When someone asks Diane Uzarski, chief of staff for the School of Nursing, what she does for work, Uzarski sticks to three succinct points.
She explains that she implements the school’s five-year strategic plan, leads the dean’s office administrative team and advances the work of Marion Broome, dean of the School of Nursing and vice chancellor for nursing affairs.
“My job title doesn’t tell you very much,” Uzarski said. “When people work with me on a project, then they understand what I do.”
Most of you get asked at a networking or dinner party what you do for work or to share a bit about yourself. Providing a smooth and interesting answer can feel overwhelming, but here are some pointers from colleagues to effectively shape a conversation the next time someone pops the question.
Keep your explanation concise
Answering “Tell me about yourself” or “What do you do?” is not a time to recite your career history, according to Rachel Coleman, associate director of graduate student career services for the Duke Career Center.
She recommends keeping your answer to two minutes in a job interview and to 30 seconds in a networking setting.
“Think of the answer as a way to build a conversation,” Coleman said. “If you go on and on, that can come across rude and disinterested in the person who asked.”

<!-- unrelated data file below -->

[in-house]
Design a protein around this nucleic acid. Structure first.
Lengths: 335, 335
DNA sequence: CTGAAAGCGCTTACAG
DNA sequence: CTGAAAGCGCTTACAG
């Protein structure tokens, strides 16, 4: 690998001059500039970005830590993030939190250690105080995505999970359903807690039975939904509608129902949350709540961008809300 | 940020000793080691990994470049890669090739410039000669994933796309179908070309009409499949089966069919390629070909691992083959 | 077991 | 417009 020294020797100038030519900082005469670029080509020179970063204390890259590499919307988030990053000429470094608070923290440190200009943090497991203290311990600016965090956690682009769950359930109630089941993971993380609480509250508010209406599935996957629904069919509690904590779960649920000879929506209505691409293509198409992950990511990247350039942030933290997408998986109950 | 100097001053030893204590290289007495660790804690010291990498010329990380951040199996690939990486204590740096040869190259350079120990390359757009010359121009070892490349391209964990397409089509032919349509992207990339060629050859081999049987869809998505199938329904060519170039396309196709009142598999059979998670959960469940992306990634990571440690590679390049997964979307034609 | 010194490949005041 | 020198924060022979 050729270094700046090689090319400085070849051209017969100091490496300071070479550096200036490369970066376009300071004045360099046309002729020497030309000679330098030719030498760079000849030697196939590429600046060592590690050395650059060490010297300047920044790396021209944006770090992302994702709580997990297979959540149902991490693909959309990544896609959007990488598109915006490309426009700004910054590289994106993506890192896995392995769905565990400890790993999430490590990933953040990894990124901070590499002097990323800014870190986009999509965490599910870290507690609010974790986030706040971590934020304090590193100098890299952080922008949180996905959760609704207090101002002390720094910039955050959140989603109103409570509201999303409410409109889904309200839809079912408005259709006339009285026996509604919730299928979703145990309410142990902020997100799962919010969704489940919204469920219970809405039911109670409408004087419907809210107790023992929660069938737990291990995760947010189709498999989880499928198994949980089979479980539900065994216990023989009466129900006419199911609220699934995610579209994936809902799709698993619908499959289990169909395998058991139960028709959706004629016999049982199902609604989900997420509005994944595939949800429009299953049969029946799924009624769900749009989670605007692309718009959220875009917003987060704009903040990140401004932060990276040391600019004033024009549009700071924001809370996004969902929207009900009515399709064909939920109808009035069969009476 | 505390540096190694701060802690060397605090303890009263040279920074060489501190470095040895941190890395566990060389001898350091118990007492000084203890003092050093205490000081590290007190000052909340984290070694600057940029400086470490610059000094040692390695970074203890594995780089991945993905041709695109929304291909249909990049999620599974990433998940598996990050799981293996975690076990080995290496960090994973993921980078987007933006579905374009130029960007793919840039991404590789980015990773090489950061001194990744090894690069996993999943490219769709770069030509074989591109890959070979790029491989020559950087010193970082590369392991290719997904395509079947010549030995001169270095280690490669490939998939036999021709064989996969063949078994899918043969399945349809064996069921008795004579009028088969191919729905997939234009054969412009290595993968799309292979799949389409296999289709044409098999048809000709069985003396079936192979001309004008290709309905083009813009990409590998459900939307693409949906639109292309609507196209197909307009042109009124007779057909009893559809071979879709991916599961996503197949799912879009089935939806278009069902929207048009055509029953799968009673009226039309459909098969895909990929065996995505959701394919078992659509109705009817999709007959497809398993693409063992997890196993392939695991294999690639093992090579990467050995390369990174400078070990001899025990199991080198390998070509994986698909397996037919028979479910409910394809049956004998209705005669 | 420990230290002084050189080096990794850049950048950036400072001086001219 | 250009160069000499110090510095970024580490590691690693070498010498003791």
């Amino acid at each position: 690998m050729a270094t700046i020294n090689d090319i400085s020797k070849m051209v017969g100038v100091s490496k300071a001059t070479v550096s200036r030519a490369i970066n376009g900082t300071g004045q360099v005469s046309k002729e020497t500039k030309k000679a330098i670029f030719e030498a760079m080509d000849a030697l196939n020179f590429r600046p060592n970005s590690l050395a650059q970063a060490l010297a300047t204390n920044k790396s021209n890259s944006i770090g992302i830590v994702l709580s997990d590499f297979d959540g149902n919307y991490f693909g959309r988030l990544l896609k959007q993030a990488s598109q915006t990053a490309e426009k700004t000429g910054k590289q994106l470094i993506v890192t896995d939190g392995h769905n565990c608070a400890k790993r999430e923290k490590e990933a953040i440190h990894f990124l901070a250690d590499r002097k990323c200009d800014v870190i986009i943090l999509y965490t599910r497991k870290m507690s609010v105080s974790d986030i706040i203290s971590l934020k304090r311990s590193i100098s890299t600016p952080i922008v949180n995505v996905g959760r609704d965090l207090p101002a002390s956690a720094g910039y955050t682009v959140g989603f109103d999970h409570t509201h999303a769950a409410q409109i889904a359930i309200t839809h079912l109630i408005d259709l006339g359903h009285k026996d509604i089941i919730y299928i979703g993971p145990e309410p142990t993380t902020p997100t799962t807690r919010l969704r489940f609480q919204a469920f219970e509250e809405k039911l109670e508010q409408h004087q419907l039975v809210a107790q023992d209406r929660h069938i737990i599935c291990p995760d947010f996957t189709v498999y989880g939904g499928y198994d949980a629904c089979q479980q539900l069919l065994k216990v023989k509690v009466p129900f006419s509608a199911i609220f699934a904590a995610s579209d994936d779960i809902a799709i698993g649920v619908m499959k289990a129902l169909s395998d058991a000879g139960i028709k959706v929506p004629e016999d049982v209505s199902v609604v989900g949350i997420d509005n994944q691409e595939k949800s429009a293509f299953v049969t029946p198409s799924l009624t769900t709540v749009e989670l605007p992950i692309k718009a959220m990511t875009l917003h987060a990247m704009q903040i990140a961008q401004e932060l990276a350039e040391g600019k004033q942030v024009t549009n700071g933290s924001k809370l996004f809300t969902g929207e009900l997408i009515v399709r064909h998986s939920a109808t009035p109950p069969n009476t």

The answer, she said, should be a short anecdote or three key points that show off your enthusiasm for what you do, exemplify your skills or highlight how your position helps people. Mention hobbies if they are related to your profession.
“Someone will ask about your personal interests if they’re interested,” Coleman said. “Until then, keep it professional.”
Consider your audience
Armando Bedoya, medical director of Duke’s Analytics Center of Excellence, serves a dual role at Duke.
He treats patients with respiratory problems at the Duke Allergy and Pulmonary South Durham clinic and works with Duke Health Technology Solutions to study if physicians can predict patients’ future health status by examining data from electronic health records.
Bedoya keeps his job description relevant to the person he’s speaking with. A patient doesn’t need to know about his role with Duke Health Technology Solutions. Bedoya also won’t spend time in a meeting about data science discussing pulmonary medicine.
“It’s about being cognizant of who you’re speaking to,” Bedoya said. “I might just say ‘I’m a clinician’ or ‘I’m a data scientist’ depending on the person.”
Practice makes perfect
Rachel Coleman helps graduate students in the Duke Career Center prepare for job interviews. Part of that includes a rubric in which students write responses to “tell me about yourself” by including experiences relevant to the job position and skills needed and why they are interested in the position.
“It’s an opportunity to tell a little story and show some personality,” Coleman said.
Practice answering the “tell me about yourself” prompt with a colleague or record your answer to see if the response sounds acceptable to you.
“There’s no one size fits all approach,” Coleman said. “Practicing will give you the confidence to answer the question in your next meeting or networking opportunity.”
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